Hello everybody, welcome to episode 66 of Optimal Living Advice. I’m your host, certified life coach Greg Audino. Today we’re gonna be hitting a couple of the big ones: living alone and doing so with loneliness and depression. Certainly right now, everyone’s wondering about them as we have to stay indoors for a bit. So let’s see if we can help the man who sent this question in and hopefully one or two others. Here’s the question…
QUESTION: “I live alone. What do you do to keep loneliness and depression away when you can’t work and can’t socialize, especially if you’re already prone to loneliness and depression and getting out helps?”
Ok, great question. For anyone listening to this in the way future, do note that this question was sent in during the coronavirus, so if you find me alluding to what feels like abnormally long periods of time in isolation, that answers that.
In this time, I’ve gotta think that a lot of people will be facing the same feelings, especially depending on how long this goes on for.
You're Not Alone
The good news, now, for you, the asker of this question AND all of my other quarantiners out there living alone fighting the same battle is that this is, without doubt, the best opportunity you’ll ever get to confront these hardships head on. No, it’s not a support group, and no it’s not therapy (quite the opposite), but it’s a chance to really lean into the hard times when they may very well be piling on the most.
And for what it’s worth, in this way, you are very much not alone. You might be physically alone, but you might also find solace in knowing that this is a battle that you’re going through with many other people who have the same setbacks. You’re still part of a team, there are still people that understand and can sympathize with you.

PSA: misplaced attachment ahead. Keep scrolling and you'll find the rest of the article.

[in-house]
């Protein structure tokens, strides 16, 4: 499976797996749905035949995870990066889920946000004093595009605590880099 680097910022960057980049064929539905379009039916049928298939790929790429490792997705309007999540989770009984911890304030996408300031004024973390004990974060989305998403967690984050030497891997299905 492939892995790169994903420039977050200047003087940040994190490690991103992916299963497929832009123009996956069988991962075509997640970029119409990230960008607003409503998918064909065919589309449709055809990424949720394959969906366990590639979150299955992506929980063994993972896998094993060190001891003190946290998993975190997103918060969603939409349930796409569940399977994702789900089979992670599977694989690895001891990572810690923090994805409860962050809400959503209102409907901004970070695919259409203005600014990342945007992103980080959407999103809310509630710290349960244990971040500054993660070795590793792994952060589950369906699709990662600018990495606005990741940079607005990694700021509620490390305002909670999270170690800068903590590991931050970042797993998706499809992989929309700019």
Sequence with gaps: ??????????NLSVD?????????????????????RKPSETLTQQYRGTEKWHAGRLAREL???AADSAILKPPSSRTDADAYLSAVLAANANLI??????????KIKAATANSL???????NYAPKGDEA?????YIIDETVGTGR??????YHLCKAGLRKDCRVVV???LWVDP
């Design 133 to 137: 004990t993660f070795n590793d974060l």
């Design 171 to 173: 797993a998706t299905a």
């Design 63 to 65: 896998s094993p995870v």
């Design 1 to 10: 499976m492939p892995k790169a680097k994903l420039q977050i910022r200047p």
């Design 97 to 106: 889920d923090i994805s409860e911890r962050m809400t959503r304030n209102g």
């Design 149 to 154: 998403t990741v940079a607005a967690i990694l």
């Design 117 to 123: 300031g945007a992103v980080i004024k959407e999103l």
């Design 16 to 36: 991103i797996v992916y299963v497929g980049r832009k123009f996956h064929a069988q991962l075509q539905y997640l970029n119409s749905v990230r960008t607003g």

With that in mind, let’s talk about what to expect and what to do about it.
What's your source of low confidence?
You could argue that the vast majority of hardship we all face is rooted in some form of low confidence. If there’s a major pain in your life, you’re not confident in who you are amidst that pain. It’s not to say the confidence can’t be rebuilt and it’s not to say that you should feel any shame whatsoever for this; it just is.
If you’re lonely, you’re not confident in who you are when not around other people.
If you’re grieving a loss, you’re not confident in how to live without the person you’ve lost.
If you have an eating disorder, you’re not confident in what will happen if you eat with moderation and thoughtlessness.
If you’re anxious, you’re not confident in how you’ll be able to function depending on the outcome of certain situations. The list goes on.
So a lack of confidence, where ever it may exist, is basically a detachment from your wholeness; a detachment from a certain part of yourself. You’re detached from self-satisfaction because you feel like it has to rely on this exterior thing – being around people, having your loved one back, eating in a specific way, controlling outcomes to situations, respectively.
Are you trying to fill the void of detachment?
If you’re lonely and depressed, and you’re saying that getting out and living your life helps you, it’s great that you take advantage of that ordinarily, but it’s ultimately a form of patchwork if there’s still an underlying issue when those things are taken away. It’s natural for everyone to feel a little extra lonely and depressed in this time, we all rely on socialization to different degrees, but any time our struggle spikes significantly when we’re absent of that which we usually rely on to help us feel better, we know that we’re sort of solving the problem in a paycheck to paycheck sort of way.
That’s the reason a lot of people are so bored right now, even when there's plenty of digital forms of entertainment at your fingertips. The more detached from who you are and the more you rely on exterior anythings to fill that void of detachment, the more bored you’re going to feel when those things aren’t there anymore and you’re forced to confront your identity for what it is.
How to Make Lasting Change
And now, whether it’s you facing your loneliness and depression, the bored people facing their boredom, or whomever, you have a very very good opportunity to make lasting change, like I mentioned.